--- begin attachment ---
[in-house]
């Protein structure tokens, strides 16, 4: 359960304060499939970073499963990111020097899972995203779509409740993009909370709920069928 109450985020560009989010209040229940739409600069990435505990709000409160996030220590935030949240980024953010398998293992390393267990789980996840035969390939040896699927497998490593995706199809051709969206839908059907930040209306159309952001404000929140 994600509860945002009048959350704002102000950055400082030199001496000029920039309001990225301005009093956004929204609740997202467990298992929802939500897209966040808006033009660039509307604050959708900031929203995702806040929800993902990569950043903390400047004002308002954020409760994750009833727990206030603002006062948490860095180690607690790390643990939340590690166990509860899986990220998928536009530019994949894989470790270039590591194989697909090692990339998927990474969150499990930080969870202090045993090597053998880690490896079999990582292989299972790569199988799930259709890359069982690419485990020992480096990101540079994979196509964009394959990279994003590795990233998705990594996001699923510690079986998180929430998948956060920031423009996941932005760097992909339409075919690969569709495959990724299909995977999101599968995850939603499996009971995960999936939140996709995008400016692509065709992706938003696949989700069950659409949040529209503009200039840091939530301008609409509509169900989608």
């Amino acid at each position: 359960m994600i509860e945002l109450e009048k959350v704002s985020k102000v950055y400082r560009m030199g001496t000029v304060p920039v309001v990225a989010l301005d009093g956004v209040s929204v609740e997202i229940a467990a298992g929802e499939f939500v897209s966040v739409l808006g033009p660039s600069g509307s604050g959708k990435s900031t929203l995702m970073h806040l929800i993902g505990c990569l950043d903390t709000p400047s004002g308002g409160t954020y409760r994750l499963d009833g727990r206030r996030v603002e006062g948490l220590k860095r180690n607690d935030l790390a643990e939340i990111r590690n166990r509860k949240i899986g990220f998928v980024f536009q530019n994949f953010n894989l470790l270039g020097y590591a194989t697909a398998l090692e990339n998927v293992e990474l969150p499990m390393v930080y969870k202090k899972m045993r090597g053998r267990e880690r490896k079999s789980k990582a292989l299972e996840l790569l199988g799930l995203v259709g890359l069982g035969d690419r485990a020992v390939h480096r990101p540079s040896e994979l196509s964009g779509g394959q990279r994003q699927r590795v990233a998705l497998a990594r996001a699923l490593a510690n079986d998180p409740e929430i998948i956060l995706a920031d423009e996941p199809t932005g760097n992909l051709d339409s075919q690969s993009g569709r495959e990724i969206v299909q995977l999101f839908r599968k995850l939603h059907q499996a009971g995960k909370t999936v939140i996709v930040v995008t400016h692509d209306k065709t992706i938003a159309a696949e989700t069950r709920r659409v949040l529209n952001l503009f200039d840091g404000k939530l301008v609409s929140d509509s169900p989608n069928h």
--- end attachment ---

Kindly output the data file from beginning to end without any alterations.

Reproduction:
[in-house]
């Protein structure tokens, strides 16, 4: 359960304060499939970073499963990111020097899972995203779509409740993009909370709920069928 109450985020560009989010209040229940739409600069990435505990709000409160996030220590935030949240980024953010398998293992390393267990789980996840035969390939040896699927497998490593995706199809051709969206839908059907930040209306159309952001404000929140 994600509860945002009048959350704002102000950055400082030199001496000029920039309001990225301005009093956004929204609740997202467990298992929802939500897209966040808006033009660039509307604050959708900031929203995702806040929800993902990569950043903390400047004002308002954020409760994750009833727990206030603002006062948490860095180690607690790390643990939340590690166990509860899986990220998928536009530019994949894989470790270039590591194989697909090692990339998927990474969150499990930080969870202090045993090597053998880690490896079999990582292989299972790569199988799930259709890359069982690419485990020992480096990101540079994979196509964009394959990279994003590795990233998705990594996001699923510690079986998180929430998948956060920031423009996941932005760097992909339409075919690969569709495959990724299909995977999101599968995850939603499996009971995960999936939140996709995008400016692509065709992706938003696949989700069950659409949040529209503009200039840091939530301008609409509509169900989608």
């Amino acid at each position: 359960m994600i509860e945002l109450e009048k959350v704002s985020k102000v950055y400082r560009m030199g001496t000029v304060p920039v309001v990225a989010l301005d009093g956004v209040s929204v609740e997202i229940a467990a298992g929802e499939f939500v897209s966040v739409l808006g033009p660039s600069g509307s604050g959708k990435s900031t929203l995702m970073h806040l929800i993902g505990c990569l950043d903390t709000p400047s004002g308002g409160t954020y409760r994750l499963d009833g727990r206030r996030v603002e006062g948490l220590k860095r180690n607690d935030l790390a643990e939340i990111r590690n166990r509860k949240i899986g990220f998928v980024f536009q530019n994949f953010n894989l470790l270039g020097y590591a194989t697909a398998l090692e990339n998927v293992e990474l969150p499990m390393v930080y969870k202090k899972m045993r090597g053998r267990e880690r490896k079999s789980k990582a292989l299972e996840l790569l199988g799930l995203v259709g890359l069982g035969d690419r485990a020992v390939h480096r990101p540079s040896e994979l196509s964009g779509g394959q990279r994003q699927r590795v990233a998705l497998a990594r996001a699923l490593a510690n079986d998180p409740e929430i998948i956060l995706a920031d423009e996941p199809t932005g760097n992909l051709d339409s075919q690969s993009g569709r495959e990724i969206v299909q995977l999101f839908r599968k995850l939603h059907q499996a009971g995960k909370t999936v939140i996709v930040v995008t400016h692509d209306k065709t992706i938003a159309a696949e989700t069950r709920r659409v949040l529209n952001l503009f200039d840091g404000k939530l301008v609409s929140d509509s169900p989608n069928h």